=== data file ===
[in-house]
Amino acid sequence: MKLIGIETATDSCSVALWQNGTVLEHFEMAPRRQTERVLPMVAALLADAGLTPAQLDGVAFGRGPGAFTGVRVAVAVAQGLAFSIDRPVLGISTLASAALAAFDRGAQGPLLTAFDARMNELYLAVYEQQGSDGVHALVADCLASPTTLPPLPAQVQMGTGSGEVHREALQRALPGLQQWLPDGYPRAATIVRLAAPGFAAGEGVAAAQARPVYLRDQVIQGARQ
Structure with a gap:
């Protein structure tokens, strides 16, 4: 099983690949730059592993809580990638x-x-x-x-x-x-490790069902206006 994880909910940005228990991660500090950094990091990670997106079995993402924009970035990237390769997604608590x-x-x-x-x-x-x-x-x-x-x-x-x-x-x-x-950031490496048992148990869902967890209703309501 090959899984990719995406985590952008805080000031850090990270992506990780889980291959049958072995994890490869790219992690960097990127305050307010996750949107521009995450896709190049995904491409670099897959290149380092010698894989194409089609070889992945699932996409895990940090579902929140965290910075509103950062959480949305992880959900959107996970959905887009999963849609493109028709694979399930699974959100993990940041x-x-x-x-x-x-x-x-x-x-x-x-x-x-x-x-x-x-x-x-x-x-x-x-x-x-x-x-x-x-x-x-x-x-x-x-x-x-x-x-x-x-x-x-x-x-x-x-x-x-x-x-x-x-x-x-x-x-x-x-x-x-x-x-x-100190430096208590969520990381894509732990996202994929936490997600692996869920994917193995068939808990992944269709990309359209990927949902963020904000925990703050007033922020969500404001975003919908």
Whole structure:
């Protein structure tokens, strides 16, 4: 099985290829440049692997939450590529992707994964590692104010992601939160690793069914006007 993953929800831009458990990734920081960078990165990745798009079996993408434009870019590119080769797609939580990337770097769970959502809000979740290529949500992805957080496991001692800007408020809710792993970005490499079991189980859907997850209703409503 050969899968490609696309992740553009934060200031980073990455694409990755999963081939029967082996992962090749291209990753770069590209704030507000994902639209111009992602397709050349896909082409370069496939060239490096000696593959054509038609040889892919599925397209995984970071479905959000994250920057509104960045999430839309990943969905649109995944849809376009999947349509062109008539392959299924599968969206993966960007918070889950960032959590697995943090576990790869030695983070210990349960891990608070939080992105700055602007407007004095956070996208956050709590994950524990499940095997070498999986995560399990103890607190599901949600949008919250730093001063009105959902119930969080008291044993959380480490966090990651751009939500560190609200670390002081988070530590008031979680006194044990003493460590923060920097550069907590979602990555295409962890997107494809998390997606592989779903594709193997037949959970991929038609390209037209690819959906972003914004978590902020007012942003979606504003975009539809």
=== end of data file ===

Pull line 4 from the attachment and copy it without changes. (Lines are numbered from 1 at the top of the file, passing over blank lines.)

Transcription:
């Protein structure tokens, strides 16, 4: 099983690949730059592993809580990638x-x-x-x-x-x-490790069902206006 994880909910940005228990991660500090950094990091990670997106079995993402924009970035990237390769997604608590x-x-x-x-x-x-x-x-x-x-x-x-x-x-x-x-950031490496048992148990869902967890209703309501 090959899984990719995406985590952008805080000031850090990270992506990780889980291959049958072995994890490869790219992690960097990127305050307010996750949107521009995450896709190049995904491409670099897959290149380092010698894989194409089609070889992945699932996409895990940090579902929140965290910075509103950062959480949305992880959900959107996970959905887009999963849609493109028709694979399930699974959100993990940041x-x-x-x-x-x-x-x-x-x-x-x-x-x-x-x-x-x-x-x-x-x-x-x-x-x-x-x-x-x-x-x-x-x-x-x-x-x-x-x-x-x-x-x-x-x-x-x-x-x-x-x-x-x-x-x-x-x-x-x-x-x-x-x-x-100190430096208590969520990381894509732990996202994929936490997600692996869920994917193995068939808990992944269709990309359209990927949902963020904000925990703050007033922020969500404001975003919908």